Poll Star's Wonderings

Tuesday, April 01, 2008

Ferry cross the Nile

Day 76 Luxor Temple
I have not read any Agatha Christie for something like 20 years. Obviously I bought Death on the Nile for my location; amusingly there’s an advert in it for the next Poirot, which is set in Petra, so I guess I’ll be getting that too. Have to say she’s a better writer then I remembered/expected, though I guess to sell that many books you need something (over a billion in English and the same again in other languages-I think JK Rowling has a way to go). There’s some recognisable sides of Egypt in it too:

‘If there were only any peace in Egypt, I should like it better,’ said Mrs. Allerton. ‘But you can never be alone anywhere. Someone is always pestering you for money, or offering you donkeys, or beads, or expeditions to native villages, or duck shooting.’

Well, I haven’t been offered duck shooting. Yet.

The plan for today was to go across the river to Luxor Temple, have lunch, come back and have a snooze, post the blog and then go for a late afternoon mosey round the museum, before meeting Norbert (and whoever is now keeping him company) for dinner. In the end the blog was very long, so the museum got put back-I have plenty of time left in Luxor.

Luxor temple was mostly built by Amenhotep III, although the colossal statues of Ramses II do a pretty good job of stealing the credit. I can half imahgine having dinner with Ramses II, I think there would be only one topic of conversation-Ramses II. He’s at it again here with the statues accompanied by a massive pylon (kind of like a castle gateway) covered in his heroic deeds-I recognised the chariot and firing of arrows from Abu and the Ramasseum. The common theme to these heroic deeds does seem to be Ramses in chariot driving over his enemies while firing arrows at people on foot, who are running away from him. Now maybe I’ve seen too many Die Hard movies, but I’m not so sure that’s so very heroic. It smacks of clearing up after the real fighting’s over and then bragging in the bar afterwards. In the museum there’s a mummy of another great fighting Pharoah, and the caption expresses some surprise that he is small and arthritic, given the tales of his heroic deeds: call me cynical (go on, I dare you), but it strikes me that if you’re footing the bills for huge temples and friezes, you’re probably gonna want to look like you’re in the action, not cheering from the sidelines while some Achilles figure actually does the fighting. I think some of the academics need to consider that the Pharoahs might just have been full of shit.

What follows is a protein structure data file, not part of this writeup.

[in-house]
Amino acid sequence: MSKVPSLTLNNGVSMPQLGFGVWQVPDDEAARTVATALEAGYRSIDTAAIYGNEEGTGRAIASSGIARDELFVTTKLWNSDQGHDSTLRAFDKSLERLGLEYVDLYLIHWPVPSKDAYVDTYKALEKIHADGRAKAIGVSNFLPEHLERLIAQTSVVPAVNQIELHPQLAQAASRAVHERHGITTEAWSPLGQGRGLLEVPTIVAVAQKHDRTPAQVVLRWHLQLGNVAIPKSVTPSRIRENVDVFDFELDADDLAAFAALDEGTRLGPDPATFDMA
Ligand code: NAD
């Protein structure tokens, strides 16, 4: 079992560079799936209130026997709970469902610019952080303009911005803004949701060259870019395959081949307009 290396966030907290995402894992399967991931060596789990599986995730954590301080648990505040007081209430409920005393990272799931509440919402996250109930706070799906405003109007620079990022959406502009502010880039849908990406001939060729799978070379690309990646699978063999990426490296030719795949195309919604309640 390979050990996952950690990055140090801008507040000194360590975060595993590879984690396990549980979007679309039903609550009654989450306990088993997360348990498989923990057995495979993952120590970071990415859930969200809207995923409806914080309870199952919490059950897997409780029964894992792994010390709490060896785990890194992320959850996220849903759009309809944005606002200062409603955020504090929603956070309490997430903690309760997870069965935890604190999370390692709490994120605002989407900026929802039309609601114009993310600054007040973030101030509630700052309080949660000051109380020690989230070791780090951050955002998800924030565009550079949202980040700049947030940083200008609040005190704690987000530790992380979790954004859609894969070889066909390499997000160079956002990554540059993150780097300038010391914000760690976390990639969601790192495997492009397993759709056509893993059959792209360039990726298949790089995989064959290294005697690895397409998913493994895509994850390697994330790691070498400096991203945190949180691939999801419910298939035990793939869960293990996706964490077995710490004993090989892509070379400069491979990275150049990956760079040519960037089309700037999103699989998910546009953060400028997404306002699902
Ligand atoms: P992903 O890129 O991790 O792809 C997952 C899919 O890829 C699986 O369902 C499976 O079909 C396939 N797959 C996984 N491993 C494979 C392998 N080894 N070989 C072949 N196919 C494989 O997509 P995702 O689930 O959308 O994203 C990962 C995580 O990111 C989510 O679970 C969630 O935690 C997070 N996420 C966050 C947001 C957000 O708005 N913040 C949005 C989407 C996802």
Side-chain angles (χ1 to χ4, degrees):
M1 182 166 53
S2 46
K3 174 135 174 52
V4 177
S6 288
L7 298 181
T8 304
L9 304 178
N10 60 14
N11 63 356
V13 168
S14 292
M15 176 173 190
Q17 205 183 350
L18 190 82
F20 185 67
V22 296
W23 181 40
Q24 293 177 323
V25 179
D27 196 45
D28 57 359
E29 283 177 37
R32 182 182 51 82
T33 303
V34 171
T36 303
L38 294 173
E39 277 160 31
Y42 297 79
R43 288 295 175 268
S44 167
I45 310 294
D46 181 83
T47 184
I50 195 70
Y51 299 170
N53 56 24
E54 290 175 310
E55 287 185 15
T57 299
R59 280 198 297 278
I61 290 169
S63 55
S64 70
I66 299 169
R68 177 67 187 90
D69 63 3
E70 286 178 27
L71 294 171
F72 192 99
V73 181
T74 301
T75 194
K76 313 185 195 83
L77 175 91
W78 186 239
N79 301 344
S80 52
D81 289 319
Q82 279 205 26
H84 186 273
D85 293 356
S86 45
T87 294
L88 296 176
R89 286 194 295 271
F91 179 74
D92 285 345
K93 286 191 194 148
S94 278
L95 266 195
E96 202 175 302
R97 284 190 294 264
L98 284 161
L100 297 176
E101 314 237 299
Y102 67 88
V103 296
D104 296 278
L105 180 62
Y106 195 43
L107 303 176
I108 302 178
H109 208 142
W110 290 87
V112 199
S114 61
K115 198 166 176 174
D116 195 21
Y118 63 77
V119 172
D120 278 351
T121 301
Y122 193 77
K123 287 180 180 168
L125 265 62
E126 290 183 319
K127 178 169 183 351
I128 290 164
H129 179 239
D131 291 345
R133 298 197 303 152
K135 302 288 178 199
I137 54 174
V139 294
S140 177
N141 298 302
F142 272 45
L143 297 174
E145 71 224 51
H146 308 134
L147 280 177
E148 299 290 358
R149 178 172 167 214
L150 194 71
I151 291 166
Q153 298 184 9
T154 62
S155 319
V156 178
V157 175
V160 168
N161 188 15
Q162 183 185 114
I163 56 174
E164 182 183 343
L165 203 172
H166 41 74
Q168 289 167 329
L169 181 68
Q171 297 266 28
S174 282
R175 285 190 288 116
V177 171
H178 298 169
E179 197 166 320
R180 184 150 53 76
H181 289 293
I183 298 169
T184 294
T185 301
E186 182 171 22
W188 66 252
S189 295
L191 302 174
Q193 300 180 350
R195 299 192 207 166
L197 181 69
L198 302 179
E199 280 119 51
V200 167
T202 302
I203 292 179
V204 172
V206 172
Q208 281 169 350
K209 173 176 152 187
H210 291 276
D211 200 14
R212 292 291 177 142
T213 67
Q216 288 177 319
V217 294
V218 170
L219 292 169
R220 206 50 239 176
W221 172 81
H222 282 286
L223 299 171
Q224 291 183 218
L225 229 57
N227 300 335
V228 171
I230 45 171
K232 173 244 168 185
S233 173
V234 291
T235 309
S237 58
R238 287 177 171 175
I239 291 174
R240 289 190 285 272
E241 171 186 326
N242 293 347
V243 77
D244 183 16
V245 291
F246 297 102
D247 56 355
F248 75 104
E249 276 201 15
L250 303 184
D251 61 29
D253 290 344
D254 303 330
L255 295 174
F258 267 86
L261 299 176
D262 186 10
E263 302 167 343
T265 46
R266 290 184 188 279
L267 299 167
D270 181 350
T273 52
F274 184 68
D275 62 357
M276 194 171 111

The temple is 3km from Karnak and the two were originally linked by an avenue of sphinxes. A fair bit remains both exiting Karnak and entering Luxor Temple.




The format is fairly familiar by now: big boastful entrance, Ramses, big hypostyle hall, Ramses, obelisks and Ramses. Here’s Ramses’ leg and a fan



Now I wouldn’t say Ramses was on roids, but he’s certainly been to the gym for this one



To try and convey the ludicrous level of artistry, here’s a little detail from one obelisk.



There was one big surprise in here (don’t get me wrong this place is beautiful and impressive, but it’s getting a bit much)



This is a Roman era Christian fresco towards the back of the complex. It is more beautiful than it looks and, for my money, I think they should give serious consideration to moving it somewhere they can control the climate. This is essentially outdoors.

Later we had some dinner, a few drinks and there were some fezs lying about, so this happened.




Day 77 Luxor Museum
Today I was meant to be going to Abydos and Dendara. The plan was always to do a day trip from Luxor for this. Well my hotel was unsurprisingly no help at all. I must have visited at least 6 places that said they did a trip to Dendara and Abydos, but none of them had anyone going at any point in time, so they weren’t actually running it. I negotiated a taxi to do it the other day, but when it became clear he didn’t know we’d have to go in police convoy (and therefore didn’t know when we needed to start), I dumped that idea. Today is going to be different though. I had a long chat with a few taxis and have agreed a price with a guy that includes both temples and back to Luxor in the police convoy and NO SHOPS. I’m meeting him at the ferry on the East Bank at 7.30. As the ferry made its way over, I watched the hot air balloons floating over Luxor.




It certainly looks a nicer way to travel than the ubiquitous cruise ships.



I feel a lot of people must expect something tranquil and exclusive and be somewhat disappointed.